Approximately half of the farm is native bushland, while the other half is cleared with several glasshouses set up. They grow a range of native flowers including waratah, billy buttons, mulla mulla, grevillea, wattle, eucalyptus, paper daisies and a large kangaroo paw range which is a key line in their business.

Eastcoast Wildflowers Farm. Source: Try booking

Craig is one of those growers that has built a great business based on a combination passion and hard work. For years he has offered florists a wonderful range of Australian flowers; flowers that get florists excited to create. Australian Native Flora is stunningly unique in appearance; they have gorgeous colour variations and a particularly interesting texture.

When people talk about natives, often an image of a dull coloured arrangement comes to mind, but that simply is not the case. Native flowers can be incredibly bright. Telopea, for example is derived from the Greek word ‘telopos’, meaning ‘seen from afar’  and refers to the robust, brightly coloured head of the red Waratah which can be spotted at a great distance.

Craig also shared a glimpse into the glorious colour range that they grow on the farm of kangaroo paw. Paw grows for approximately 8 months of the year, making it incredibly important for their business.

Flannel Flowers (Actinotus helianthi)
Flannel Flowers (Actinotus helianthi) Source: National Parks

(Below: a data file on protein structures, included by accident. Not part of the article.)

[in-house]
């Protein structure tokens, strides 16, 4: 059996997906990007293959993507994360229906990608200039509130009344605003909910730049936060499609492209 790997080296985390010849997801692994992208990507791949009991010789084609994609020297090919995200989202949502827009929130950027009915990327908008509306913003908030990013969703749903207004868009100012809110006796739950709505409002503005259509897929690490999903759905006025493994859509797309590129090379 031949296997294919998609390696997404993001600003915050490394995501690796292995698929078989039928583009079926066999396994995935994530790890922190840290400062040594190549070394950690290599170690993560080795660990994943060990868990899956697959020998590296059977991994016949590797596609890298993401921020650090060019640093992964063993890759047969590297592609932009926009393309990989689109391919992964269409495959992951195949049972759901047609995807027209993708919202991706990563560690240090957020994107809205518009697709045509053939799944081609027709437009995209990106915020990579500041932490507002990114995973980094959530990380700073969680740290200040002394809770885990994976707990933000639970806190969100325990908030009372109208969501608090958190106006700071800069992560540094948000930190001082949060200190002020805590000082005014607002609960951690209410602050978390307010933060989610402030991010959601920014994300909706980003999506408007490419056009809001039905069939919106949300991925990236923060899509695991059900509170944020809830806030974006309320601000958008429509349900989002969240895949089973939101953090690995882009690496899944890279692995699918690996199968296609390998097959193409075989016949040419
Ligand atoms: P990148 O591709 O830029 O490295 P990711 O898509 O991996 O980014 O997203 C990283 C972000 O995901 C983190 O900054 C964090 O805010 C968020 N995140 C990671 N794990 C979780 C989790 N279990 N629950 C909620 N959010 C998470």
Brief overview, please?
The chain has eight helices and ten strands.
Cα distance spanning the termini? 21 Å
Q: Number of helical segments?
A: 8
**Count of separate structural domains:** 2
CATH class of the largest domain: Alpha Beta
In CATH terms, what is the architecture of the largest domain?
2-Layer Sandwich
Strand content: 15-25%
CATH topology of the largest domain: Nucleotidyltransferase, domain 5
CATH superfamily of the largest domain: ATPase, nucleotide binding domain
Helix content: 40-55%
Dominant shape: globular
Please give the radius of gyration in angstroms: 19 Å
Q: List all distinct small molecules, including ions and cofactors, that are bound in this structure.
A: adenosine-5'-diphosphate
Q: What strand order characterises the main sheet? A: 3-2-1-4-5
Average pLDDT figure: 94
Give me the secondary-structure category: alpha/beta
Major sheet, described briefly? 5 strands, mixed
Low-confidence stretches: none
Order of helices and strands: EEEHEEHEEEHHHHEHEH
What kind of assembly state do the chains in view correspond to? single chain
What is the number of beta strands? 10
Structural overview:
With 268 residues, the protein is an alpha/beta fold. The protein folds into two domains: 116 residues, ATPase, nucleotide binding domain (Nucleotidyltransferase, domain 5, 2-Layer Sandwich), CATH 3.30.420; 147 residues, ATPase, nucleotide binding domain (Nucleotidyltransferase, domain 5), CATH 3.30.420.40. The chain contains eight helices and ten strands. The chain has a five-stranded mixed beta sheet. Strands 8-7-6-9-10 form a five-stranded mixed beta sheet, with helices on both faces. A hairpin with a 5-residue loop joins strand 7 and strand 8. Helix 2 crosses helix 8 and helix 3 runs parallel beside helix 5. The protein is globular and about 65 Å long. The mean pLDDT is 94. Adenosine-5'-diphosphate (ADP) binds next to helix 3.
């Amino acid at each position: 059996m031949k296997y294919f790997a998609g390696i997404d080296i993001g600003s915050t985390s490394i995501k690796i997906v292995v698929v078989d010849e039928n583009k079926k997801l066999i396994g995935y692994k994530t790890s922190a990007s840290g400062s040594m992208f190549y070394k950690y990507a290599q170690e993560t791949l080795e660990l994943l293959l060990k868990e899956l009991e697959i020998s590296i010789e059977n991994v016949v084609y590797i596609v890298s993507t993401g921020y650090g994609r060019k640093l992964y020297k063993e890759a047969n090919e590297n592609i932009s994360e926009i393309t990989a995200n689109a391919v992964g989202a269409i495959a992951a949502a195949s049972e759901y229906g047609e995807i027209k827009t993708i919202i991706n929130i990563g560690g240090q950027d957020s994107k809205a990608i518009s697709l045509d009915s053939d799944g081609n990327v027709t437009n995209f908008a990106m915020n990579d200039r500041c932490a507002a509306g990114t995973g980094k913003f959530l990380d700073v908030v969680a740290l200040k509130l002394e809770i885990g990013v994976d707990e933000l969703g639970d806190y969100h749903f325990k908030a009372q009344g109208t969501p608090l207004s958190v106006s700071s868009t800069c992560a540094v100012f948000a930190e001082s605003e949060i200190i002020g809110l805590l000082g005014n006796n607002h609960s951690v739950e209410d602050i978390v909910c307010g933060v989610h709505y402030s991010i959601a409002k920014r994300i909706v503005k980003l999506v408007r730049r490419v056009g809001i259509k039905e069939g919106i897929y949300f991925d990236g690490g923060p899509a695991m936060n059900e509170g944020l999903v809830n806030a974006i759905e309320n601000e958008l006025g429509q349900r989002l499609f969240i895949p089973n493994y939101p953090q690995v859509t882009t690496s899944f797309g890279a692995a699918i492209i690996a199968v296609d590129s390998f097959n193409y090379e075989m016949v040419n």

Flannel flower, which is incredibly popular for wedding bouquets with a more rustic feel, gets its name come the texture of the blooms. The elegant flowers are soft and furry, with delicate petals. According to Scott they have a reputation for being quite difficult to grow commercially,  but he has found that growing the plants in pots has been very successful.

What I enjoyed most was hearing and feeling his energy when he spoke about working with flowers and being out in nature. It is obvious that Craig has achieved what most of us only hope for, to turn a passion and a hunger for spreading that inspiration, into a thriving business. His gentle demeanour and overall feeling of calm beautifully illustrated the effects of working with nature and in nature.

Fwf x

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Celebrity Florist Predicts Floral Trends For 2018